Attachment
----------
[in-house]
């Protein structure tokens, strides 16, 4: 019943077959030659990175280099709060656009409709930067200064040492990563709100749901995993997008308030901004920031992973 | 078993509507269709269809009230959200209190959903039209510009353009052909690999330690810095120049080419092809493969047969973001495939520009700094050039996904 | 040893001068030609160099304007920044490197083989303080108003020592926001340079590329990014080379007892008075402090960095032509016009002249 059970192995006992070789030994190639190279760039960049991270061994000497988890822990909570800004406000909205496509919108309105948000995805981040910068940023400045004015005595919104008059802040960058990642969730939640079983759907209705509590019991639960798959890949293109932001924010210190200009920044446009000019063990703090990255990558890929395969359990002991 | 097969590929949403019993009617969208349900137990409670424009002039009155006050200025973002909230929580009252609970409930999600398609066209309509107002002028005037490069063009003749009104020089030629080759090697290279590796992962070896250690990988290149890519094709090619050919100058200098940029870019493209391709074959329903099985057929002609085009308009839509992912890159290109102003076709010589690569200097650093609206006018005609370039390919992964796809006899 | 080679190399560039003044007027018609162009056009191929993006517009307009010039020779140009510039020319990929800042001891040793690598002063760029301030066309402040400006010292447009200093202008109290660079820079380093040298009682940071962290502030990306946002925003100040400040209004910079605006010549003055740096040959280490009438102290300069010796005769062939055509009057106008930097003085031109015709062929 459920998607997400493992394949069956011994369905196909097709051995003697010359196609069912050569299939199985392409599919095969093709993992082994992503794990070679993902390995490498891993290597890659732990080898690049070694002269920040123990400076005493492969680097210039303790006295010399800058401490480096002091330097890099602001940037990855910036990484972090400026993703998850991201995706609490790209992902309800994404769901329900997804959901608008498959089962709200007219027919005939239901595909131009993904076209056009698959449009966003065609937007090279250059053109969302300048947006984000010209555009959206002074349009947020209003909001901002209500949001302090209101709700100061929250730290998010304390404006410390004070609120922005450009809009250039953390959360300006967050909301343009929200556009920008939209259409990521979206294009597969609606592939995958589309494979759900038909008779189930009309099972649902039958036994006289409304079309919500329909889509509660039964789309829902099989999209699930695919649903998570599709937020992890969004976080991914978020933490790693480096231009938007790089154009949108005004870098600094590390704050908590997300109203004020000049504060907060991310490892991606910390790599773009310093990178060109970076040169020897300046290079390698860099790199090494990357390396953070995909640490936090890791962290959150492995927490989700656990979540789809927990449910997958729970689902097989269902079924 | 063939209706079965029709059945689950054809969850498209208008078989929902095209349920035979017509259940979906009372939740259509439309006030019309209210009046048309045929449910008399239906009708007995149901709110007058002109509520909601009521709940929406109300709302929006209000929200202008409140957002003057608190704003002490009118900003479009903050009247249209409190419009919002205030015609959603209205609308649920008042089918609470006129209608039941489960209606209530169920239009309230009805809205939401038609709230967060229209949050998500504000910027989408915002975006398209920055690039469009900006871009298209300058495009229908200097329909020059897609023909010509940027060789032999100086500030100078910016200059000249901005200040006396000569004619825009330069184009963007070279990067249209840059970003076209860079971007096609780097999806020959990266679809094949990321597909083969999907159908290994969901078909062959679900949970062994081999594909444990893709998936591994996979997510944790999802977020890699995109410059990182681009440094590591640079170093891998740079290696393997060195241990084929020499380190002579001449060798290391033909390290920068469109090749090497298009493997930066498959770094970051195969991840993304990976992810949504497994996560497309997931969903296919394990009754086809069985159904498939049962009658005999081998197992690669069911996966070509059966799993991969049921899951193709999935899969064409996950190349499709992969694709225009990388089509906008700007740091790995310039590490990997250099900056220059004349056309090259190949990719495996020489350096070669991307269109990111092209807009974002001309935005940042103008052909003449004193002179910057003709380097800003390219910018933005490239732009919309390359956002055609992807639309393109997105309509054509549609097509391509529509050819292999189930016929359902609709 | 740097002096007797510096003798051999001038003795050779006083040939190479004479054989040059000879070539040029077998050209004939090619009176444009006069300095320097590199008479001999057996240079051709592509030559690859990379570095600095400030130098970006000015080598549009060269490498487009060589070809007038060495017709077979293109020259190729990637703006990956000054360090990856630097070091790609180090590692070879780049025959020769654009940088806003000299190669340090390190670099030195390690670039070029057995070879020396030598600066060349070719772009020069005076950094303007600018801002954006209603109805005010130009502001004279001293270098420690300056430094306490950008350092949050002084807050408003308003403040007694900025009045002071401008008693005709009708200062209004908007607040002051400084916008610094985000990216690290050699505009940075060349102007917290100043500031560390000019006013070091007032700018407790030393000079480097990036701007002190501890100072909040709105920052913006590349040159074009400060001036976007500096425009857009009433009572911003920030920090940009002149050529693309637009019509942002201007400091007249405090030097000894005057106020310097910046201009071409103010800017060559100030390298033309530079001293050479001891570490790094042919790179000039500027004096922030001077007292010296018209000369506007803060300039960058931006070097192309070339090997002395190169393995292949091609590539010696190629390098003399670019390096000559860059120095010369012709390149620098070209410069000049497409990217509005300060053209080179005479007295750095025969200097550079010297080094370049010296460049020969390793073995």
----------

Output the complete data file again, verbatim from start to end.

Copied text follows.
[in-house]
């Protein structure tokens, strides 16, 4: 019943077959030659990175280099709060656009409709930067200064040492990563709100749901995993997008308030901004920031992973 | 078993509507269709269809009230959200209190959903039209510009353009052909690999330690810095120049080419092809493969047969973001495939520009700094050039996904 | 040893001068030609160099304007920044490197083989303080108003020592926001340079590329990014080379007892008075402090960095032509016009002249 059970192995006992070789030994190639190279760039960049991270061994000497988890822990909570800004406000909205496509919108309105948000995805981040910068940023400045004015005595919104008059802040960058990642969730939640079983759907209705509590019991639960798959890949293109932001924010210190200009920044446009000019063990703090990255990558890929395969359990002991 | 097969590929949403019993009617969208349900137990409670424009002039009155006050200025973002909230929580009252609970409930999600398609066209309509107002002028005037490069063009003749009104020089030629080759090697290279590796992962070896250690990988290149890519094709090619050919100058200098940029870019493209391709074959329903099985057929002609085009308009839509992912890159290109102003076709010589690569200097650093609206006018005609370039390919992964796809006899 | 080679190399560039003044007027018609162009056009191929993006517009307009010039020779140009510039020319990929800042001891040793690598002063760029301030066309402040400006010292447009200093202008109290660079820079380093040298009682940071962290502030990306946002925003100040400040209004910079605006010549003055740096040959280490009438102290300069010796005769062939055509009057106008930097003085031109015709062929 459920998607997400493992394949069956011994369905196909097709051995003697010359196609069912050569299939199985392409599919095969093709993992082994992503794990070679993902390995490498891993290597890659732990080898690049070694002269920040123990400076005493492969680097210039303790006295010399800058401490480096002091330097890099602001940037990855910036990484972090400026993703998850991201995706609490790209992902309800994404769901329900997804959901608008498959089962709200007219027919005939239901595909131009993904076209056009698959449009966003065609937007090279250059053109969302300048947006984000010209555009959206002074349009947020209003909001901002209500949001302090209101709700100061929250730290998010304390404006410390004070609120922005450009809009250039953390959360300006967050909301343009929200556009920008939209259409990521979206294009597969609606592939995958589309494979759900038909008779189930009309099972649902039958036994006289409304079309919500329909889509509660039964789309829902099989999209699930695919649903998570599709937020992890969004976080991914978020933490790693480096231009938007790089154009949108005004870098600094590390704050908590997300109203004020000049504060907060991310490892991606910390790599773009310093990178060109970076040169020897300046290079390698860099790199090494990357390396953070995909640490936090890791962290959150492995927490989700656990979540789809927990449910997958729970689902097989269902079924 | 063939209706079965029709059945689950054809969850498209208008078989929902095209349920035979017509259940979906009372939740259509439309006030019309209210009046048309045929449910008399239906009708007995149901709110007058002109509520909601009521709940929406109300709302929006209000929200202008409140957002003057608190704003002490009118900003479009903050009247249209409190419009919002205030015609959603209205609308649920008042089918609470006129209608039941489960209606209530169920239009309230009805809205939401038609709230967060229209949050998500504000910027989408915002975006398209920055690039469009900006871009298209300058495009229908200097329909020059897609023909010509940027060789032999100086500030100078910016200059000249901005200040006396000569004619825009330069184009963007070279990067249209840059970003076209860079971007096609780097999806020959990266679809094949990321597909083969999907159908290994969901078909062959679900949970062994081999594909444990893709998936591994996979997510944790999802977020890699995109410059990182681009440094590591640079170093891998740079290696393997060195241990084929020499380190002579001449060798290391033909390290920068469109090749090497298009493997930066498959770094970051195969991840993304990976992810949504497994996560497309997931969903296919394990009754086809069985159904498939049962009658005999081998197992690669069911996966070509059966799993991969049921899951193709999935899969064409996950190349499709992969694709225009990388089509906008700007740091790995310039590490990997250099900056220059004349056309090259190949990719495996020489350096070669991307269109990111092209807009974002001309935005940042103008052909003449004193002179910057003709380097800003390219910018933005490239732009919309390359956002055609992807639309393109997105309509054509549609097509391509529509050819292999189930016929359902609709 | 740097002096007797510096003798051999001038003795050779006083040939190479004479054989040059000879070539040029077998050209004939090619009176444009006069300095320097590199008479001999057996240079051709592509030559690859990379570095600095400030130098970006000015080598549009060269490498487009060589070809007038060495017709077979293109020259190729990637703006990956000054360090990856630097070091790609180090590692070879780049025959020769654009940088806003000299190669340090390190670099030195390690670039070029057995070879020396030598600066060349070719772009020069005076950094303007600018801002954006209603109805005010130009502001004279001293270098420690300056430094306490950008350092949050002084807050408003308003403040007694900025009045002071401008008693005709009708200062209004908007607040002051400084916008610094985000990216690290050699505009940075060349102007917290100043500031560390000019006013070091007032700018407790030393000079480097990036701007002190501890100072909040709105920052913006590349040159074009400060001036976007500096425009857009009433009572911003920030920090940009002149050529693309637009019509942002201007400091007249405090030097000894005057106020310097910046201009071409103010800017060559100030390298033309530079001293050479001891570490790094042919790179000039500027004096922030001077007292010296018209000369506007803060300039960058931006070097192309070339090997002395190169393995292949091609590539010696190629390098003399670019390096000559860059120095010369012709390149620098070209410069000049497409990217509005300060053209080179005479007295750095025969200097550079010297080094370049010296460049020969390793073995």